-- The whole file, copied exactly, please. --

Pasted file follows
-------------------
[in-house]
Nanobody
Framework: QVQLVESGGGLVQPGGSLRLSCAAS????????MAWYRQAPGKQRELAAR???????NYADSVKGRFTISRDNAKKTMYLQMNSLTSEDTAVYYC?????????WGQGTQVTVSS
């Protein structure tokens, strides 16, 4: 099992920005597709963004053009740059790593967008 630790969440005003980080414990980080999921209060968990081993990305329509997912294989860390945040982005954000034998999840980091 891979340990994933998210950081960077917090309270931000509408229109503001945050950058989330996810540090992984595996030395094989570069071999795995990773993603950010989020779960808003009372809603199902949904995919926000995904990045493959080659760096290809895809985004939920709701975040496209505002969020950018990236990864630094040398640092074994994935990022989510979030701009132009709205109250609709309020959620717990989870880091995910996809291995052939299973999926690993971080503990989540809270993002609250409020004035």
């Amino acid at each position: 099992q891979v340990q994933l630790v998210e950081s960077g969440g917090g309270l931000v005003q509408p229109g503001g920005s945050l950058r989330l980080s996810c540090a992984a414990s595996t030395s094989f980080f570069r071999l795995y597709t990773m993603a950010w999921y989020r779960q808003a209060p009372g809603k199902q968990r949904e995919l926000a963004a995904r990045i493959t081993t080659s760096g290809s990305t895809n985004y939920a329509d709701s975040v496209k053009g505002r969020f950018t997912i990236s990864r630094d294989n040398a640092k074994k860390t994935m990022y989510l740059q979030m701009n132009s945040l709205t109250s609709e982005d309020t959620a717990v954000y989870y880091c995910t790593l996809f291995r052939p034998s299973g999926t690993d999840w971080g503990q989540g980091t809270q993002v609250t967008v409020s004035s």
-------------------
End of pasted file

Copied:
[in-house]
Nanobody
Framework: QVQLVESGGGLVQPGGSLRLSCAAS????????MAWYRQAPGKQRELAAR???????NYADSVKGRFTISRDNAKKTMYLQMNSLTSEDTAVYYC?????????WGQGTQVTVSS
């Protein structure tokens, strides 16, 4: 099992920005597709963004053009740059790593967008 630790969440005003980080414990980080999921209060968990081993990305329509997912294989860390945040982005954000034998999840980091 891979340990994933998210950081960077917090309270931000509408229109503001945050950058989330996810540090992984595996030395094989570069071999795995990773993603950010989020779960808003009372809603199902949904995919926000995904990045493959080659760096290809895809985004939920709701975040496209505002969020950018990236990864630094040398640092074994994935990022989510979030701009132009709205109250609709309020959620717990989870880091995910996809291995052939299973999926690993971080503990989540809270993002609250409020004035």
């Amino acid at each position: 099992q891979v340990q994933l630790v998210e950081s960077g969440g917090g309270l931000v005003q509408p229109g503001g920005s945050l950058r989330l980080s996810c540090a992984a414990s595996t030395s094989f980080f570069r071999l795995y597709t990773m993603a950010w999921y989020r779960q808003a209060p009372g809603k199902q968990r949904e995919l926000a963004a995904r990045i493959t081993t080659s760096g290809s990305t895809n985004y939920a329509d709701s975040v496209k053009g505002r969020f950018t997912i990236s990864r630094d294989n040398a640092k074994k860390t994935m990022y989510l740059q979030m701009n132009s945040l709205t109250s609709e982005d309020t959620a717990v954000y989870y880091c995910t790593l996809f291995r052939p034998s299973g999926t690993d999840w971080g503990q989540g980091t809270q993002v609250t967008v409020s004035s």